Commando who died of ‘heatstroke’ was “forced to eat earth” before going into convulsions

The truth behind the tragic deaths from so-called heatstroke during Commando training earlier this month is being challenged by a hard-hitting television documentary tonight (Friday).

Público reports that RTP’s Sexta Feira às 9 has been told that one of the dead soldiers was forced to eat earth before he went into convulsions.

Twenty-year-old Hugo Abreu was the first of two young men who died following gruelling exercises in over 42º heat during the 127th Commando training course at Alcohchete on September 4 (click here).

The Army has since opened an inquiry – but investigations by the RTP team suggest this could be part of a cover-up.

Abreu’s mother Angêla has accused army chiefs of “hiding the truth”, says Público, and identifying a sergeant at the base, called Rodrigues, who can give the answers about what really happened to her son.

Sexta às 9’s report will be carrying interviews with a number of other soldiers who attended the course.

Says Público: “They talk anonymously, and confirm the (Abreu) family’s story.

“One of them describes moments following the strong indisposition of his colleague: Hugo Abreu was “close to losing consciousness, with immense breathing difficulties and was forced to swallow earth”.

“The lance-corporal died at 21.45 that day in the infirmary set up for the course”, the paper adds, stressing that “according to RTP, INEM medical rescue staff arrived seven hours after the young man lost consciousness.”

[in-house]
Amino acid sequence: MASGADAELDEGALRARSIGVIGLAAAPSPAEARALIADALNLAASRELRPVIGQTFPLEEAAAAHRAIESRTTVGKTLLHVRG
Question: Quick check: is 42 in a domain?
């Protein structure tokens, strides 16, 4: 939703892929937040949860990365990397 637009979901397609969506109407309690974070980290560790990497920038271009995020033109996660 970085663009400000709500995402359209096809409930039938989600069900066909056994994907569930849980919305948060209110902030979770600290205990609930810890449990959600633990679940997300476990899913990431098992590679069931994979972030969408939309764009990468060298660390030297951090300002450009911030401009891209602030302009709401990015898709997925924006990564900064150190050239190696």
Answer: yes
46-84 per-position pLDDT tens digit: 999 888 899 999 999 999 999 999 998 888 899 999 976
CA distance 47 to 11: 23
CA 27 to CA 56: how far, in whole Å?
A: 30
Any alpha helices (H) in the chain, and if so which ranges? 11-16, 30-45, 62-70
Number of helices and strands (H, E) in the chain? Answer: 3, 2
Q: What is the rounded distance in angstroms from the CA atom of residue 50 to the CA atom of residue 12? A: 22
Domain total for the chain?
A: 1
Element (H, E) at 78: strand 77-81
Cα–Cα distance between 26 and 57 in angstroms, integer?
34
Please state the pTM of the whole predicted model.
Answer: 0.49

For now, the army appears to be sticking to the original storygiven to the press – saying only that it is “waiting for the conclusions of investigations that will determine whether proceedings complied with what was expected, whether there were justifiable alterations and whether there were alterations that, if not justified, could imply disciplinary or criminal issues”.

Público explains that the official line was that Abreu had been “removed from instruction and transferred to the infirmary where he remained under observation. His clinical situation worsened after dinner and the doctor decided he should be removed to hospital though he died before being transferred”.

The 127th Commando training course was temporarily suspended after the death of a second solder, and hospitalisations of another nine recruits.

When it was reopened, 17 soldiers (one officer, four sergeants and 12 privates) said they would not be rejoining, asking instead to be allowed to return to their units (click here).

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